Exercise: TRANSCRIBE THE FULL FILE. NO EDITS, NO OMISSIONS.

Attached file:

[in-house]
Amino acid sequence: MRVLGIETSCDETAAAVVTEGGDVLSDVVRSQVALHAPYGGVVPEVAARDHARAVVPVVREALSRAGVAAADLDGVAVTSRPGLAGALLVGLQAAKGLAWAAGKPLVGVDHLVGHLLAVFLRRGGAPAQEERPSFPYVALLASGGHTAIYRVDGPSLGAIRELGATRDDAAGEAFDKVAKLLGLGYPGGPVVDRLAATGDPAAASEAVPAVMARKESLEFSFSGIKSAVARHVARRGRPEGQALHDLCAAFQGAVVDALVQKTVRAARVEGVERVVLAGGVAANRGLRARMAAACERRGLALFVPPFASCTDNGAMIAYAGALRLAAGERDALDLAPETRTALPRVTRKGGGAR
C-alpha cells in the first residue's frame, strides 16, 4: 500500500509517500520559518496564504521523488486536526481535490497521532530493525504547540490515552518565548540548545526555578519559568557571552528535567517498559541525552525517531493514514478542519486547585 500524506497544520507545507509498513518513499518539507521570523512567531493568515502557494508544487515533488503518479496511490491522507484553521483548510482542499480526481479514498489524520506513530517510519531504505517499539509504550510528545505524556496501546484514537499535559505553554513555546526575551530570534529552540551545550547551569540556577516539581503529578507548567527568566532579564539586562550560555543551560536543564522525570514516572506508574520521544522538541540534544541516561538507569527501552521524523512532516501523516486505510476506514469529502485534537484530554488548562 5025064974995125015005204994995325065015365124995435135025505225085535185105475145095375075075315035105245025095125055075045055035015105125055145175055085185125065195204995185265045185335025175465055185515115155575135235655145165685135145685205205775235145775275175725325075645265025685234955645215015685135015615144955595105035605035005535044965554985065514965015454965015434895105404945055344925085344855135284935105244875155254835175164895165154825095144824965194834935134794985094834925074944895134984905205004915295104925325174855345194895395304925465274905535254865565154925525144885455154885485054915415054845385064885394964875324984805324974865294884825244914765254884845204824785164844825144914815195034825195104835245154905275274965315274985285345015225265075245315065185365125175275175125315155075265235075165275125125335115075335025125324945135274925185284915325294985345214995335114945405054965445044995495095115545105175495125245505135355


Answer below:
[in-house]
Amino acid sequence: MRVLGIETSCDETAAAVVTEGGDVLSDVVRSQVALHAPYGGVVPEVAARDHARAVVPVVREALSRAGVAAADLDGVAVTSRPGLAGALLVGLQAAKGLAWAAGKPLVGVDHLVGHLLAVFLRRGGAPAQEERPSFPYVALLASGGHTAIYRVDGPSLGAIRELGATRDDAAGEAFDKVAKLLGLGYPGGPVVDRLAATGDPAAASEAVPAVMARKESLEFSFSGIKSAVARHVARRGRPEGQALHDLCAAFQGAVVDALVQKTVRAARVEGVERVVLAGGVAANRGLRARMAAACERRGLALFVPPFASCTDNGAMIAYAGALRLAAGERDALDLAPETRTALPRVTRKGGGAR
C-alpha cells in the first residue's frame, strides 16, 4: 500500500509517500520559518496564504521523488486536526481535490497521532530493525504547540490515552518565548540548545526555578519559568557571552528535567517498559541525552525517531493514514478542519486547585 500524506497544520507545507509498513518513499518539507521570523512567531493568515502557494508544487515533488503518479496511490491522507484553521483548510482542499480526481479514498489524520506513530517510519531504505517499539509504550510528545505524556496501546484514537499535559505553554513555546526575551530570534529552540551545550547551569540556577516539581503529578507548567527568566532579564539586562550560555543551560536543564522525570514516572506508574520521544522538541540534544541516561538507569527501552521524523512532516501523516486505510476506514469529502485534537484530554488548562 5025064974995125015005204994995325065015365124995435135025505225085535185105475145095375075075315035105245025095125055075045055035015105125055145175055085185125065195204995185265045185335025175465055185515115155575135235655145165685135145685205205775235145775275175725325075645265025685234955645215015685135015615144955595105035605035005535044965554985065514965015454965015434895105404945055344925085344855135284935105244875155254835175164895165154825095144824965194834935134794985094834925074944895134984905205004915295104925325174855345194895395304925465274905535254865565154925525144885455154885485054915415054845385064885394964875324984805324974865294884825244914765254884845204824785164844825144914815195034825195104835245154905275274965315274985285345015225265075245315065185365125175275175125315155075265235075165275125125335115075335025125324945135274925185284915325294985345214995335114945405054965445044995495095115545105175495125245505135355